Feb 25, 2018

Report: Russian spies hacked computers at Winter Olympics

The Olympic Flame is lit during the opening ceremony of the Pyeongchang 2018 Winter Olympic Games. Photo:Kirill Kudryavtsev / AFP via Getty Images

Russian military spies hacked hundreds of computers at the 2018 Winter Olympic Games in South Korea, the Washington Post reports. U.S. intelligence sources said the attacks were designed to make it look as though North Korea was behind the hack.

What happened: Officials in Pyeongchang have acknowledged that they experienced a cyber attack that caused disruptions to the internet, broadcast systems and the Olympics website during the opening ceremonies. But according to the Post, they declined to say whether Russia was behind it.

"Analysts surmise the disruption was retaliation against the International Olympic Committee for banning the Russian team from the Winter Games due to doping violations," writes the Post, adding that "no officials from Russia’s Olympic federation were allowed to attend."

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Trump says he will campaign against Lisa Murkowski after her support for Mattis

Trump with Barr and Meadows outside St. John's Episcopal church in Washington, D.C. on June 1. Photo: Brendan Smialowski/AFP via Getty Images

President Trump tweeted on Thursday that he would endorse "any candidate" with a pulse who runs against Sen. Lisa Murkowski (R-Alaska).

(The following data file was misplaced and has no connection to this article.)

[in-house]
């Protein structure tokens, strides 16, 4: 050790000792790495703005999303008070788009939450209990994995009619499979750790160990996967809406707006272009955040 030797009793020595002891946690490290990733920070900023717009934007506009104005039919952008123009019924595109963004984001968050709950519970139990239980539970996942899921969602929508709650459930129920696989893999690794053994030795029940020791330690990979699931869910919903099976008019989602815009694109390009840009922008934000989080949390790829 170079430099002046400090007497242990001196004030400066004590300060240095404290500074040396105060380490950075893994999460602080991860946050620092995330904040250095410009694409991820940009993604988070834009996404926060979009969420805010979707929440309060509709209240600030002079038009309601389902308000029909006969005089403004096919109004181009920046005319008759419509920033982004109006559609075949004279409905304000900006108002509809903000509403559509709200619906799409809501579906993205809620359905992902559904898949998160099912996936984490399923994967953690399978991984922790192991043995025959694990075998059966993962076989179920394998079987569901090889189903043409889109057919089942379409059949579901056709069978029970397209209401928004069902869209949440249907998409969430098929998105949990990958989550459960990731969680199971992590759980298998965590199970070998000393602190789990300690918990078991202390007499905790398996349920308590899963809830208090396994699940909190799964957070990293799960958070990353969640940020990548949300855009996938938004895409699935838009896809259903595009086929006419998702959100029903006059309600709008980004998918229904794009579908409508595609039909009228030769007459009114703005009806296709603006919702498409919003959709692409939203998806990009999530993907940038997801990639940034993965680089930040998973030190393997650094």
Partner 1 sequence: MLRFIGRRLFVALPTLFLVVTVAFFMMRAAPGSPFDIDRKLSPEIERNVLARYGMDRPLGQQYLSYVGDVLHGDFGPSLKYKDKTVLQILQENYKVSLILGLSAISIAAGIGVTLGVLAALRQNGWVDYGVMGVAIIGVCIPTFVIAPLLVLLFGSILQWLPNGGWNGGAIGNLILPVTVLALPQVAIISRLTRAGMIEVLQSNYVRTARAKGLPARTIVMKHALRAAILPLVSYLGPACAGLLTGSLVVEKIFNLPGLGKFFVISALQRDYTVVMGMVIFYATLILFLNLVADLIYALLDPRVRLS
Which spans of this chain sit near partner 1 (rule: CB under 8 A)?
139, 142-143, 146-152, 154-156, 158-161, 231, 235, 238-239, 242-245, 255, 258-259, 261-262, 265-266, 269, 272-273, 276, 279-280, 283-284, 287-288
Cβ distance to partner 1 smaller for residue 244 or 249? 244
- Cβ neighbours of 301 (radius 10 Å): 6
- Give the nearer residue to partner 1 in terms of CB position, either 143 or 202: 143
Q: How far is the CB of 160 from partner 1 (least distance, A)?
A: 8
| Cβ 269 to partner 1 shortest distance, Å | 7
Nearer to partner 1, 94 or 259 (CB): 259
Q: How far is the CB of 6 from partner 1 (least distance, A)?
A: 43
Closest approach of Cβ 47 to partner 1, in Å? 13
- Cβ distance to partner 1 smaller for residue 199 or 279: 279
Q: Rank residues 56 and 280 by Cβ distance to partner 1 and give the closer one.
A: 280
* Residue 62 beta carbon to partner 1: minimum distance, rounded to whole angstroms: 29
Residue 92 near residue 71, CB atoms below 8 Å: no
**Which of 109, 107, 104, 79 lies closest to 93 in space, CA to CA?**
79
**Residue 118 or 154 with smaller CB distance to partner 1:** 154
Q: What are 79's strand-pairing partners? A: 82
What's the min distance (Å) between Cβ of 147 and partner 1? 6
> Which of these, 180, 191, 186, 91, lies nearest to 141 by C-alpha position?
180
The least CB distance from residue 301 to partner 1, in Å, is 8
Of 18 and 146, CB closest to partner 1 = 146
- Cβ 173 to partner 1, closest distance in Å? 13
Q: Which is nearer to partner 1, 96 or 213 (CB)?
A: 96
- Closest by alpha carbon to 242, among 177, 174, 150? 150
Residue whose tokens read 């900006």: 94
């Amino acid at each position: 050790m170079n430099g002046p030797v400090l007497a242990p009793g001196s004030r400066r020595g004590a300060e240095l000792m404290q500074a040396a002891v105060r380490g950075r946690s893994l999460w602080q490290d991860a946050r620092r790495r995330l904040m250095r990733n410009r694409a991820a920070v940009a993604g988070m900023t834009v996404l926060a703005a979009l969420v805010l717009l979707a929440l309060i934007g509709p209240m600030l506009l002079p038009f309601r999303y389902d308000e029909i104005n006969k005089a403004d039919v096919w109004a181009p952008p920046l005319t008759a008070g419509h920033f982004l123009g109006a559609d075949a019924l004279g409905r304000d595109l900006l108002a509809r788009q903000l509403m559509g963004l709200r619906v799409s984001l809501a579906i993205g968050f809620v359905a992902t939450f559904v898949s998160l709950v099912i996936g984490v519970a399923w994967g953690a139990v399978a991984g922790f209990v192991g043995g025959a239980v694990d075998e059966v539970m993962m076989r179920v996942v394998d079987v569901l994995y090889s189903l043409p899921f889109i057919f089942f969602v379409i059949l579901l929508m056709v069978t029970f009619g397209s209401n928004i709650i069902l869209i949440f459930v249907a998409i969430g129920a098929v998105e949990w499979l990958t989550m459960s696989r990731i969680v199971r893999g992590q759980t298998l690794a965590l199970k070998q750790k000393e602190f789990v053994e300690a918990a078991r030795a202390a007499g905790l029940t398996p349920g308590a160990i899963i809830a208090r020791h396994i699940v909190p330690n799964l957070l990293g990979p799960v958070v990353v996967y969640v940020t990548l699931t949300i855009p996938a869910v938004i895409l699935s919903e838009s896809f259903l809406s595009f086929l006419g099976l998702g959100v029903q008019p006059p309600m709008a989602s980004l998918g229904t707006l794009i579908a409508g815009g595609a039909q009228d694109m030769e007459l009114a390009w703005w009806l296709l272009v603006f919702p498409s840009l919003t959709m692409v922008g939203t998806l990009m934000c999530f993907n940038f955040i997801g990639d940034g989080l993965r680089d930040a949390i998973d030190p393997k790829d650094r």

Driving the news: Murkowski said on Thursday that she supported former defense secretary James Mattis' condemnation of Trump over his response to protests in the wake of George Floyd's killing. She described Mattis' statement as "true, honest, necessary and overdue," Politico's Andrew Desiderio reports.

5 hours ago - World

The president vs. the Pentagon

Trump visits Mattis and the Pentagon in 2018. Photo: Brendan Smialowski/AFP via Getty

Over the course of just a few hours, President Trump was rebuffed by the Secretary of Defense over his call for troops in the streets and accused by James Mattis, his former Pentagon chief, of trampling the Constitution for political gain.

Why it matters: Current and former leaders of the U.S. military are drawing a line over Trump's demand for a militarized response to the protests and unrest that have swept the country over the killing of George Floyd by police.

New York Times says Tom Cotton op-ed did not meet standards

Photo: Avalon/Universal Images Group via Getty Images)

A New York Times spokesperson said in a statement Thursday that the paper will be changing its editorial board processes after a Wednesday op-ed by Sen. Tom Cotton (R-Ark.), which called for President Trump to "send in the troops" in order to quell violent protests, failed to meet its standards.

Why it matters: The shift comes after Times employees began a coordinated movement on social media on Wednesday and Thursday that argued that publishing the op-ed put black staff in danger. Cotton wrote that Trump should invoke the Insurrection Act in order to deploy the U.S. military against rioters that have overwhelmed police forces in cities across the country.